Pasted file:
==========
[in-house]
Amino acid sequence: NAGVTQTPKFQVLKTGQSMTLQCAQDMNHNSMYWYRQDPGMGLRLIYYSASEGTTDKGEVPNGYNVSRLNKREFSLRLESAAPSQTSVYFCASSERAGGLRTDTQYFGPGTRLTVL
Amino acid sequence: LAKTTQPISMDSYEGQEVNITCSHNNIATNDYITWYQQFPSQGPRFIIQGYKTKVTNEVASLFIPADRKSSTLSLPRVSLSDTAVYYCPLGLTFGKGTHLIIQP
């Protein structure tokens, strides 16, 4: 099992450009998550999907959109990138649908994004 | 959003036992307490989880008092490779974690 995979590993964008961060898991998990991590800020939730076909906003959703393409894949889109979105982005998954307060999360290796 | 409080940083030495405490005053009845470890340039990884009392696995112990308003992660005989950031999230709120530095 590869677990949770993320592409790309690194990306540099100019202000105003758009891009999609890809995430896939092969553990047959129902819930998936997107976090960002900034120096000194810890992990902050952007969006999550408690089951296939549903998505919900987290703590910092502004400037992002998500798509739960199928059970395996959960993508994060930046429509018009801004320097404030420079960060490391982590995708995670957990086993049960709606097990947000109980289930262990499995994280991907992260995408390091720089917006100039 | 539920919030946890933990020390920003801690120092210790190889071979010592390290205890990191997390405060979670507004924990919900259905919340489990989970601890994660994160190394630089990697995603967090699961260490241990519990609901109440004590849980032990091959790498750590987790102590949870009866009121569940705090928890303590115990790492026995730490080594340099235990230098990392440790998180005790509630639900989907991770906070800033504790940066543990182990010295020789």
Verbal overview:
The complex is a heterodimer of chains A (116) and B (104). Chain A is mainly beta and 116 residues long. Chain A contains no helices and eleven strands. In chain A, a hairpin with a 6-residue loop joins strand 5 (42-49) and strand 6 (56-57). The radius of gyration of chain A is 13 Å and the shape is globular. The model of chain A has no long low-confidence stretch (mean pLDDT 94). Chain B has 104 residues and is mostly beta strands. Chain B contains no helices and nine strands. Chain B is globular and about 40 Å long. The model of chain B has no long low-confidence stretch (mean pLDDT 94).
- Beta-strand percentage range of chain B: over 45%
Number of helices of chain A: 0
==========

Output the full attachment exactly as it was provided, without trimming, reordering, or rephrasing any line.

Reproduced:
[in-house]
Amino acid sequence: NAGVTQTPKFQVLKTGQSMTLQCAQDMNHNSMYWYRQDPGMGLRLIYYSASEGTTDKGEVPNGYNVSRLNKREFSLRLESAAPSQTSVYFCASSERAGGLRTDTQYFGPGTRLTVL
Amino acid sequence: LAKTTQPISMDSYEGQEVNITCSHNNIATNDYITWYQQFPSQGPRFIIQGYKTKVTNEVASLFIPADRKSSTLSLPRVSLSDTAVYYCPLGLTFGKGTHLIIQP
């Protein structure tokens, strides 16, 4: 099992450009998550999907959109990138649908994004 | 959003036992307490989880008092490779974690 995979590993964008961060898991998990991590800020939730076909906003959703393409894949889109979105982005998954307060999360290796 | 409080940083030495405490005053009845470890340039990884009392696995112990308003992660005989950031999230709120530095 590869677990949770993320592409790309690194990306540099100019202000105003758009891009999609890809995430896939092969553990047959129902819930998936997107976090960002900034120096000194810890992990902050952007969006999550408690089951296939549903998505919900987290703590910092502004400037992002998500798509739960199928059970395996959960993508994060930046429509018009801004320097404030420079960060490391982590995708995670957990086993049960709606097990947000109980289930262990499995994280991907992260995408390091720089917006100039 | 539920919030946890933990020390920003801690120092210790190889071979010592390290205890990191997390405060979670507004924990919900259905919340489990989970601890994660994160190394630089990697995603967090699961260490241990519990609901109440004590849980032990091959790498750590987790102590949870009866009121569940705090928890303590115990790492026995730490080594340099235990230098990392440790998180005790509630639900989907991770906070800033504790940066543990182990010295020789």
Verbal overview:
The complex is a heterodimer of chains A (116) and B (104). Chain A is mainly beta and 116 residues long. Chain A contains no helices and eleven strands. In chain A, a hairpin with a 6-residue loop joins strand 5 (42-49) and strand 6 (56-57). The radius of gyration of chain A is 13 Å and the shape is globular. The model of chain A has no long low-confidence stretch (mean pLDDT 94). Chain B has 104 residues and is mostly beta strands. Chain B contains no helices and nine strands. Chain B is globular and about 40 Å long. The model of chain B has no long low-confidence stretch (mean pLDDT 94).
- Beta-strand percentage range of chain B: over 45%
Number of helices of chain A: 0